Does Hearing Christmas Music in Early November Enrage You? You're Not Alone

iStock.com/Ekely
iStock.com/Ekely

While some people still haven't gotten around to taking down their Halloween decorations, stores around the country are already blaring Christmas music. If the opening notes of "Jingle Bells" fill you with dread, you're not alone: a significant portion of shoppers find the seasonal soundtrack grating, and hearing it too early may be taking a toll on your mental health.

According to clinical psychologist Linda Blair, people who already find the holidays stressful may be triggered when holiday music creeps into early November. "It's a reminder that we have to buy presents, cater for people, organize celebrations," she told Sky News. "Some people will react to that by making impulse purchases, which the retailer likes. Others might just walk out of the shop. It's a risk."

This may sound like a no-brainer to anyone who's in touch with their inner Grinch, and past research backs up the claims. In a 2011 Consumer Reports survey of more than 1000 people, 23 percent of respondents cited seasonal music as the thing they dread most about the holidays, placing it above holiday parties and disappointing gifts. A Research Intelligence Group poll from 2014 [PDF] found that holiday music can be so bothersome that 36 percent of people have admitted to leaving a store because of it.

For many, holiday music straddles a thin line between comforting and annoying. If seasonal songs have you humming along rather than plugging your ears, it may have something to do with the "mere exposure effect"—a psychological phenomenon where people tend to enjoy things they're familiar with. But at a certain point this effect wears off, with some songs becoming so familiar that they're no longer pleasant to listen to.

Of course that's not the case for everyone. The holidays are a happy time of year for many people, and seasonal music and decorations are a reminder of that. If that applies to you, feel free to start blasting your favorite Christmas tunes before Thanksgiving. (You may just want to keep it at a low enough volume that you don't annoy your neighbors.)

What's the Difference Between Stuffing and Dressing?

iStock
iStock

For carbohydrate lovers, nothing completes a Thanksgiving meal quite like stuffing—shovelfuls of bread, celery, mushrooms, and other ingredients that complement all of that turkey protein.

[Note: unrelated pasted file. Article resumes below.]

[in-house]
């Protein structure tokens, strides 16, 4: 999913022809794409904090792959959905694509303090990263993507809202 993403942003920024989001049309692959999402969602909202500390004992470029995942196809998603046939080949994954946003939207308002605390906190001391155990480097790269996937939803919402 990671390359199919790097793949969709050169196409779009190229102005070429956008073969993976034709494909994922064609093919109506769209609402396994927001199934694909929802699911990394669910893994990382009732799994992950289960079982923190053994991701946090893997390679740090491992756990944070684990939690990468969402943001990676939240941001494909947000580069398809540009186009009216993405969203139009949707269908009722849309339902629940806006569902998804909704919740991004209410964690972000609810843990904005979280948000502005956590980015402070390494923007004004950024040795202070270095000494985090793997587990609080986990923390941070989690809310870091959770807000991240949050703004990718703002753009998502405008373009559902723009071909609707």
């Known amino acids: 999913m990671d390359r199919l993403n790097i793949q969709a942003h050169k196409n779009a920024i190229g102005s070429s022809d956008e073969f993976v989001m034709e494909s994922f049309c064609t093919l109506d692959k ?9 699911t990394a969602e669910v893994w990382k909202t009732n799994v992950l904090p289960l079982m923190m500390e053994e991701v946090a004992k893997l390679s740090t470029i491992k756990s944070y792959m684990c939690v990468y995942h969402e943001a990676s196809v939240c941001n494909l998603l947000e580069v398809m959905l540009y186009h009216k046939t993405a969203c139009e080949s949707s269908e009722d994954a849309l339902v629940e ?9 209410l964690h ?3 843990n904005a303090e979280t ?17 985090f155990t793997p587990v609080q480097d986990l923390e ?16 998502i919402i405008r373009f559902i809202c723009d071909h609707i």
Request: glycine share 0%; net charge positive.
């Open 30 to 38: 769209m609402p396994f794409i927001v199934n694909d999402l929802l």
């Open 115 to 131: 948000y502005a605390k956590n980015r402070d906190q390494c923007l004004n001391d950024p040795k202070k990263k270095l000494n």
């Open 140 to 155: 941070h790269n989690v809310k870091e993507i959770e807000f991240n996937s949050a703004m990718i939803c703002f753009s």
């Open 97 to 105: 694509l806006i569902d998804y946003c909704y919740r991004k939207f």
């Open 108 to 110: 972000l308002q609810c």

Some people don’t say stuffing, though. They say dressing. In these calamitous times, knowing how to properly refer to the giant glob of insulin-spiking bread seems necessary. So what's the difference?

Let’s dismiss one theory off the bat: Dressing and stuffing do not correlate with how the side dish is prepared. A turkey can be stuffed with dressing, and stuffing can be served in a casserole dish. Whether it’s ever seen the inside of a bird is irrelevant, and anyone who tells you otherwise is wrong and should be met with suspicion, if not outright derision.

The terms are actually separated due to regional dialects. Dressing seems to be the favored descriptor for southern states like Mississippi, Tennessee, South Carolina, and Georgia, while stuffing is preferred by Maine, New York, and other northern areas. (Some parts of Pennsylvania call it filling, which is a bit too on the nose, but to each their own.)

If stuffing stemmed from the common practice of filling a turkey with carbs, why the division? According to HuffPost, it may have been because Southerners considered the word stuffing impolite, and therefore never embraced it.

While you should experience no material difference in asking for stuffing or dressing, when visiting relatives it might be helpful to keep to their regionally-preferred word to avoid confusion. Enjoy stuffing yourselves.

Have you got a Big Question you'd like us to answer? If so, let us know by emailing us at bigquestions@mentalfloss.com.

The Reason You Should Never Rinse a Turkey

jax10289/iStock via Getty Images
jax10289/iStock via Getty Images

There are many misconceptions surrounding your Thanksgiving turkey, but none is more dangerous than the turkey-washing myth. Raw poultry can contain dangerous microbes like Salmonella, and it's not uncommon for home cooks to rinse their meat under cool water in an effort to wash away these pathogens. The intention may be admirable, but this is a worse turkey sin than overcooking your bird or carving it before letting it rest. According to AOL, rinsing a raw turkey with water is more likely to make you and your dinner guests sick than not cleaning it at all.

When you wash a turkey in the sink, there's no guarantee that all of the nasty stuff on the outside of it is going down the drain. In fact, the only thing rinsing does is spread potentially harmful microbes around. In addition to getting bacteria on you hands and clothes, rinsing can contaminate countertops, sink handles, and even the surrounding air.

There are three main ways to lower your chances of contracting Salmonella when dealing with raw turkey: Thaw your bird in the fridge, minimize contact with it before it goes into the oven, and give it plenty of time to cook once it's in there. For the second part, that means setting aside time to pat your turkey dry, remove the excess fat and skin, and season it without handling anything else. To reduce the risk of cross-contamination, wash your hands frequently and wash the plates, knives, and other tools that touched the turkey before using them again. You should also cook your stuffing outside the turkey rather than shoving it inside the cavity and creating a Salmonella bomb.

Once the safety aspect is taken care of, you can focus on making your turkey taste as delicious as possible. Here are some tips from professional chefs on making your starring dish shine this Thanksgiving.

[h/t AOL]

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